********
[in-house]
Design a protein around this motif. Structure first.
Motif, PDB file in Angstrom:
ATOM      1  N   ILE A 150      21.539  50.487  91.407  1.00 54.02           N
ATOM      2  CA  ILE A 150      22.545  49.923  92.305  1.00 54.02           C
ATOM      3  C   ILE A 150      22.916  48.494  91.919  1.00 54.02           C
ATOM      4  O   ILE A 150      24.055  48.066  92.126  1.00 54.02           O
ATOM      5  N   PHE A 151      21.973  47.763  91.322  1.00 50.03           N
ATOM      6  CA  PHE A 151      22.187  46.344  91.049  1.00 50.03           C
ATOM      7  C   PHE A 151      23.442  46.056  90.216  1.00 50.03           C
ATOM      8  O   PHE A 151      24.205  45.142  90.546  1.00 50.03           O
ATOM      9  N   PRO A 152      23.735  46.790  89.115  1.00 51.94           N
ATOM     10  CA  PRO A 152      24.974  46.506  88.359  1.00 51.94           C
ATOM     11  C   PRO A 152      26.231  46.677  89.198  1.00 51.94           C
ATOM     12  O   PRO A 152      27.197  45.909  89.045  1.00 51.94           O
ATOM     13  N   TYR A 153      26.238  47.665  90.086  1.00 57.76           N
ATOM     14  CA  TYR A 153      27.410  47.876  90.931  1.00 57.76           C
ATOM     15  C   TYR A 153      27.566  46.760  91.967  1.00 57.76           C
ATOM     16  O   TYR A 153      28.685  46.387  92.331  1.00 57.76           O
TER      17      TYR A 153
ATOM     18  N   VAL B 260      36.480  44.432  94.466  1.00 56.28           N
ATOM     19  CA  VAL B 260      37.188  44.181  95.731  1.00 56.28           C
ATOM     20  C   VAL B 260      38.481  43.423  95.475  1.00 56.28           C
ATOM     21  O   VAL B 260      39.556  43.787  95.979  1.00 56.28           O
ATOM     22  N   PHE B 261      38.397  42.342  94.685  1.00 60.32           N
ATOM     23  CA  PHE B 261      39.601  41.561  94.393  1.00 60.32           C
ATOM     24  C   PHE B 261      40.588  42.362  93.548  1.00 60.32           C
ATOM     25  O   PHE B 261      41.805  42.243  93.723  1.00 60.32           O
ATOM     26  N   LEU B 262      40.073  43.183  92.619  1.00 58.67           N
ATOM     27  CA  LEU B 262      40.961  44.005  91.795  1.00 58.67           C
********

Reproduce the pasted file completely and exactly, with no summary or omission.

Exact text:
[in-house]
Design a protein around this motif. Structure first.
Motif, PDB file in Angstrom:
ATOM      1  N   ILE A 150      21.539  50.487  91.407  1.00 54.02           N
ATOM      2  CA  ILE A 150      22.545  49.923  92.305  1.00 54.02           C
ATOM      3  C   ILE A 150      22.916  48.494  91.919  1.00 54.02           C
ATOM      4  O   ILE A 150      24.055  48.066  92.126  1.00 54.02           O
ATOM      5  N   PHE A 151      21.973  47.763  91.322  1.00 50.03           N
ATOM      6  CA  PHE A 151      22.187  46.344  91.049  1.00 50.03           C
ATOM      7  C   PHE A 151      23.442  46.056  90.216  1.00 50.03           C
ATOM      8  O   PHE A 151      24.205  45.142  90.546  1.00 50.03           O
ATOM      9  N   PRO A 152      23.735  46.790  89.115  1.00 51.94           N
ATOM     10  CA  PRO A 152      24.974  46.506  88.359  1.00 51.94           C
ATOM     11  C   PRO A 152      26.231  46.677  89.198  1.00 51.94           C
ATOM     12  O   PRO A 152      27.197  45.909  89.045  1.00 51.94           O
ATOM     13  N   TYR A 153      26.238  47.665  90.086  1.00 57.76           N
ATOM     14  CA  TYR A 153      27.410  47.876  90.931  1.00 57.76           C
ATOM     15  C   TYR A 153      27.566  46.760  91.967  1.00 57.76           C
ATOM     16  O   TYR A 153      28.685  46.387  92.331  1.00 57.76           O
TER      17      TYR A 153
ATOM     18  N   VAL B 260      36.480  44.432  94.466  1.00 56.28           N
ATOM     19  CA  VAL B 260      37.188  44.181  95.731  1.00 56.28           C
ATOM     20  C   VAL B 260      38.481  43.423  95.475  1.00 56.28           C
ATOM     21  O   VAL B 260      39.556  43.787  95.979  1.00 56.28           O
ATOM     22  N   PHE B 261      38.397  42.342  94.685  1.00 60.32           N
ATOM     23  CA  PHE B 261      39.601  41.561  94.393  1.00 60.32           C
ATOM     24  C   PHE B 261      40.588  42.362  93.548  1.00 60.32           C
ATOM     25  O   PHE B 261      41.805  42.243  93.723  1.00 60.32           O
ATOM     26  N   LEU B 262      40.073  43.183  92.619  1.00 58.67           N
ATOM     27  CA  LEU B 262      40.961  44.005  91.795  1.00 58.67           C